Dramatic improvement of left ventricular function after cytotoxic therapy in lupus patients with acute cardiomyopathy: report of 6 cases.

The Journal of rheumatology

PubMedID: 10529151

Naarendorp M, Kerr LD, Khan AS, Ornstein MH. Dramatic improvement of left ventricular function after cytotoxic therapy in lupus patients with acute cardiomyopathy: report of 6 cases. J Rheumatol. 1999;26(10):2257-60.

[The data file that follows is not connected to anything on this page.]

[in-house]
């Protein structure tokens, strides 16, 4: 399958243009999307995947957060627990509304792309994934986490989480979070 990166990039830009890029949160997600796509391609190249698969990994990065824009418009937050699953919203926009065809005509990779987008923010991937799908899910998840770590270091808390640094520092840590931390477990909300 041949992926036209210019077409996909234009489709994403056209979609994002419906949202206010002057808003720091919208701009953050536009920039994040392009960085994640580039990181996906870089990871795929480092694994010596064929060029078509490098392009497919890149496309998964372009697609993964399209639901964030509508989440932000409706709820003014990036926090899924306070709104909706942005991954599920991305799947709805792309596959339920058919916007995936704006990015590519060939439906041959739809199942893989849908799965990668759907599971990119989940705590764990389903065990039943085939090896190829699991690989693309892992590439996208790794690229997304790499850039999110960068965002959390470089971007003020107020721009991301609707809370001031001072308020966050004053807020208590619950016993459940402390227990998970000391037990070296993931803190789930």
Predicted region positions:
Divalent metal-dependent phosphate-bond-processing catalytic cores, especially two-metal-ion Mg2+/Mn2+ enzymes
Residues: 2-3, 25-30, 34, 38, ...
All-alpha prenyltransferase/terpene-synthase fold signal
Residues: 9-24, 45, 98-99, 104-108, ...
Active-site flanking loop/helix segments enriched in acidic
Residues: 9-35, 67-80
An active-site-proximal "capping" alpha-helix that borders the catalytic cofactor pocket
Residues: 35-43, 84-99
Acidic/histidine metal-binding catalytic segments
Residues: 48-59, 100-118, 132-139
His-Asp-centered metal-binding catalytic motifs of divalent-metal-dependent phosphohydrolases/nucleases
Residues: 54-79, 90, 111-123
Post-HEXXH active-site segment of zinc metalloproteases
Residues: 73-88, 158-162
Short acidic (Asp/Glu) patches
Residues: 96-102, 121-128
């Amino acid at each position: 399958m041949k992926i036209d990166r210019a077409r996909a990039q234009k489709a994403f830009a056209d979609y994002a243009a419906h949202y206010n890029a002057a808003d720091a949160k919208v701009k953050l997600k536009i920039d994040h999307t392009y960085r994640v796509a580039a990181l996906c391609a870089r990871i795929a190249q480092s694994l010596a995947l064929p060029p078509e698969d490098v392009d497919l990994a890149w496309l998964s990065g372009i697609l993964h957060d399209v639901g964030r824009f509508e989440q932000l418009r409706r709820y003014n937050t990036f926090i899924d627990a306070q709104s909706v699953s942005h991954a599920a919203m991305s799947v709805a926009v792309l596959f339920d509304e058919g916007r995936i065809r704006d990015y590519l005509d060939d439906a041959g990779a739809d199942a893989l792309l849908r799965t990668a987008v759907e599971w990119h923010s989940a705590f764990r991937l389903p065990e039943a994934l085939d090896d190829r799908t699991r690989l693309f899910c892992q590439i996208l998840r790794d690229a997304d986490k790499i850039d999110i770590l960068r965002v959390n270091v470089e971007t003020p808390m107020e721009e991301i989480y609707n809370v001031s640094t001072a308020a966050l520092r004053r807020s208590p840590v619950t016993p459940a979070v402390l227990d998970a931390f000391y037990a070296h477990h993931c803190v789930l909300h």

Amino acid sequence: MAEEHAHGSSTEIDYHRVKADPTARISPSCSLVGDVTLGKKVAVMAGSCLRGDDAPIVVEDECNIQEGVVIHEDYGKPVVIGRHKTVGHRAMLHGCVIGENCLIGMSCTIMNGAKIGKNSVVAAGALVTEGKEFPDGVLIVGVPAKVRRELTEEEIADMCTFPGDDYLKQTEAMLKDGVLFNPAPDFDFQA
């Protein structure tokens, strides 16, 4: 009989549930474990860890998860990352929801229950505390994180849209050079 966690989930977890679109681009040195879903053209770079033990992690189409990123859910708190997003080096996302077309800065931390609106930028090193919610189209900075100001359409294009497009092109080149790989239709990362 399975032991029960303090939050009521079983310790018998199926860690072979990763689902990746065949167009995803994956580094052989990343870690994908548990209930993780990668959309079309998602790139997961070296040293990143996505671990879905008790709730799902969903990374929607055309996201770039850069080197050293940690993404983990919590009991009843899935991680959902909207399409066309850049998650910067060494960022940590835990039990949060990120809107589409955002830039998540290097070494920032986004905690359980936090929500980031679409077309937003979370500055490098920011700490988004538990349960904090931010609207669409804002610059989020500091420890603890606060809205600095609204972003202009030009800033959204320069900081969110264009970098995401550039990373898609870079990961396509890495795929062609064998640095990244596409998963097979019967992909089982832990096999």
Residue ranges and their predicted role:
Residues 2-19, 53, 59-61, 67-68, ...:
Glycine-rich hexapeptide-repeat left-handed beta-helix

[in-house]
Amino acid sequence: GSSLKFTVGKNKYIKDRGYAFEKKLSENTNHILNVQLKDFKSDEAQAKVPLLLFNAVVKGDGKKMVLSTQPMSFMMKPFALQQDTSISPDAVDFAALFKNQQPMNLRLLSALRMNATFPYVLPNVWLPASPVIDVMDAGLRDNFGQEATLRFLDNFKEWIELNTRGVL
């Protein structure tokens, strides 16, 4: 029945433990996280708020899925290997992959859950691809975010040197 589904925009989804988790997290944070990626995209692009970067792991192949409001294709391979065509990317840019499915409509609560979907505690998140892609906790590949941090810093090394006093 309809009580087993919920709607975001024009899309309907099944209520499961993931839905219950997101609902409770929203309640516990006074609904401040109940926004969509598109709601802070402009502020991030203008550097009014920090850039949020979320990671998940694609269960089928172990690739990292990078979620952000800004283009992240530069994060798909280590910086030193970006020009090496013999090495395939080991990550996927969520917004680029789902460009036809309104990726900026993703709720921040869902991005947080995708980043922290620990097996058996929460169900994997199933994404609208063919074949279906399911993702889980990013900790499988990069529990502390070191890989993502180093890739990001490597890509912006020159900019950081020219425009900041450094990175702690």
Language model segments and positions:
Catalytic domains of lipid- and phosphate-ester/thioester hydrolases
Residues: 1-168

Although lupus cardiomyopathy is thought to be clinically uncommon, we encountered 6 patients with systemic lupus erythematosus (SLE) over a 10 year period who had severe left ventricular dysfunction and showed remarkable improvement in their cardiac function after cytotoxic therapy. All patients met the American College of Rheumatology criteria for classification of SLE and presented with signs of severe biventricular failure relatively early in their disease. Concurrent manifestations of SLE at the time of cardiomyopathy included rash, arthritis, myalgias, pleuritis, pericarditis, and nephritis. Four of the 6 patients were taking prednisone 20 mg/day at the time heart failure developed. In all cases the CPK were normal. Evaluation of cardiac function by echocardiogram and/or radionuclide gated blood pool scintigraphy revealed a severe depression of ventricular function with initial left ventricular ejection fraction (LVEF) ranging from 11 to 34% (mean 19%). Within 6 months of initiation of cytotoxic treatment all patients showed a dramatic response: the post-treatment LVEF ranged from 25 to 55%. This series of patients suggests that cardiomyopathy may be a more common complication of SLE than previously reported. Cardiomyopathy occurs relatively early in the course of SLE, may lead to severe cardiac dysfunction despite corticosteroid therapy, and appears to be responsive to cytotoxic therapy.